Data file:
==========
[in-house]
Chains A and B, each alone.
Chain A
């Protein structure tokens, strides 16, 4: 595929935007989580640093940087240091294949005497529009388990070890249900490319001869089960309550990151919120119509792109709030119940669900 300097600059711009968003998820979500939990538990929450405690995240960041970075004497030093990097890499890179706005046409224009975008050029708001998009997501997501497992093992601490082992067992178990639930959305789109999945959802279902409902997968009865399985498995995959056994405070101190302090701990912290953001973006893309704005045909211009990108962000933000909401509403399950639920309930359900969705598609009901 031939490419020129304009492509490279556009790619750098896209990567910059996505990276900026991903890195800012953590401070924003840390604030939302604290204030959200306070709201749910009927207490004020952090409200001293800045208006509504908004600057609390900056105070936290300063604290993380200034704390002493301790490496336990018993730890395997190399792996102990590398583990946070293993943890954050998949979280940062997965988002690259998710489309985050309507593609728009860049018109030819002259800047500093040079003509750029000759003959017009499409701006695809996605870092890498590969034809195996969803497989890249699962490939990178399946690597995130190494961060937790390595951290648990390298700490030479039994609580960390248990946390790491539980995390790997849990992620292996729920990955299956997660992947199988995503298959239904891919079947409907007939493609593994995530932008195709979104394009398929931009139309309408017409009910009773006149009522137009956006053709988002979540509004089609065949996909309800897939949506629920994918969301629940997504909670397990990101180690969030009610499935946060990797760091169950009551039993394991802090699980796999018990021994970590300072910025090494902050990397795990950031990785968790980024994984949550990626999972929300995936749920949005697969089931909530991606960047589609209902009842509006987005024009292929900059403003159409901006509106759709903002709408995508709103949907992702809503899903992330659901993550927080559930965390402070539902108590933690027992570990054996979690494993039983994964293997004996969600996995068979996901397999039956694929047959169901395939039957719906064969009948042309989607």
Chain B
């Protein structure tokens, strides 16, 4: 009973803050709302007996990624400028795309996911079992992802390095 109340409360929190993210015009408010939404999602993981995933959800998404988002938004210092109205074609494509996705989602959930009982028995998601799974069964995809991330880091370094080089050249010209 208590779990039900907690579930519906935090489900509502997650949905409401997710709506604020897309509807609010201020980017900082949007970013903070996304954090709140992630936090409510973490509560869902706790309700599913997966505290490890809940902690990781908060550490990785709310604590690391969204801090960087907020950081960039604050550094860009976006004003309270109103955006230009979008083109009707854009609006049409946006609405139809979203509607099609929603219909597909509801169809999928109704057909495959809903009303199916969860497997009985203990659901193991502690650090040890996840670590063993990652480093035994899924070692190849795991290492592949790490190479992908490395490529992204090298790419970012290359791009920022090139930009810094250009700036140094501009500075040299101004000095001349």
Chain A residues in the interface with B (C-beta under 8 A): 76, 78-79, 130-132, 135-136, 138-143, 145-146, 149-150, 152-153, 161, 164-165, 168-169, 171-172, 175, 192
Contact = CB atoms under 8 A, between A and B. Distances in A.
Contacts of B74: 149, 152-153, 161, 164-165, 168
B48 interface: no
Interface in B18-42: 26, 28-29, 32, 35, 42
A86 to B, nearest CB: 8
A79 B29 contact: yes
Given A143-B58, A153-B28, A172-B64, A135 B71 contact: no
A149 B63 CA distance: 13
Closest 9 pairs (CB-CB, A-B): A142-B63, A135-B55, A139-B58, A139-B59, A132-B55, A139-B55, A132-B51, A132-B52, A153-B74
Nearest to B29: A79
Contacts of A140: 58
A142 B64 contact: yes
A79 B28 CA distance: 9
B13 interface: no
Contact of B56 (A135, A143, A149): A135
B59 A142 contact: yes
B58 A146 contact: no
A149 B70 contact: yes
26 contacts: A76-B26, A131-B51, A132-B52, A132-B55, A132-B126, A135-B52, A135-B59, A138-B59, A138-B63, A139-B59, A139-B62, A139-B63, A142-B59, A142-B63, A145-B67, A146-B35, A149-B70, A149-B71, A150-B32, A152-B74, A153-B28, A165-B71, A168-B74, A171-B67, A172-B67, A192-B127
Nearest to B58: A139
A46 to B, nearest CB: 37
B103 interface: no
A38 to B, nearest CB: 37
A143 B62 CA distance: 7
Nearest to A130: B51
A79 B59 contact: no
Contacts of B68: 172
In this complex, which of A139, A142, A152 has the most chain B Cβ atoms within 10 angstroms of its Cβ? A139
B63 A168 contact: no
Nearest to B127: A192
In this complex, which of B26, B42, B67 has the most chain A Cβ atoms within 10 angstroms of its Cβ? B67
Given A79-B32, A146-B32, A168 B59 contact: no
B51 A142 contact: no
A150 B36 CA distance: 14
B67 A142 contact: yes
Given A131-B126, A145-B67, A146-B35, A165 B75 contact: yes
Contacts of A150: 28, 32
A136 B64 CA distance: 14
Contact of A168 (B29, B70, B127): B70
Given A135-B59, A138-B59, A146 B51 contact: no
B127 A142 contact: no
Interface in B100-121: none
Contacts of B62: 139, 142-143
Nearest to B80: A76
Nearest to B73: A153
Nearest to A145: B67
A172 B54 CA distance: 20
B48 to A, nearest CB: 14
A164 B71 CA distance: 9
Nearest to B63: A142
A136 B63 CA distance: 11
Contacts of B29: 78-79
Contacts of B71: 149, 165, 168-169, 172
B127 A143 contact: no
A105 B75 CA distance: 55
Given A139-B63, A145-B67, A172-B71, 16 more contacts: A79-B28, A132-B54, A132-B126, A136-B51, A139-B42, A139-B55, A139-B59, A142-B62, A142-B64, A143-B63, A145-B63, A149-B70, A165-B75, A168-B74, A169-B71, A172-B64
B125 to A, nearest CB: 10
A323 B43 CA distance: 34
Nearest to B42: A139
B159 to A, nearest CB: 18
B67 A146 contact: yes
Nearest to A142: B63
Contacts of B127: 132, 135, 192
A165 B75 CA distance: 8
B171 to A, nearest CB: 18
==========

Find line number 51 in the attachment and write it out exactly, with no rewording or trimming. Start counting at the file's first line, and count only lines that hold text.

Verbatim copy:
Nearest to B80: A76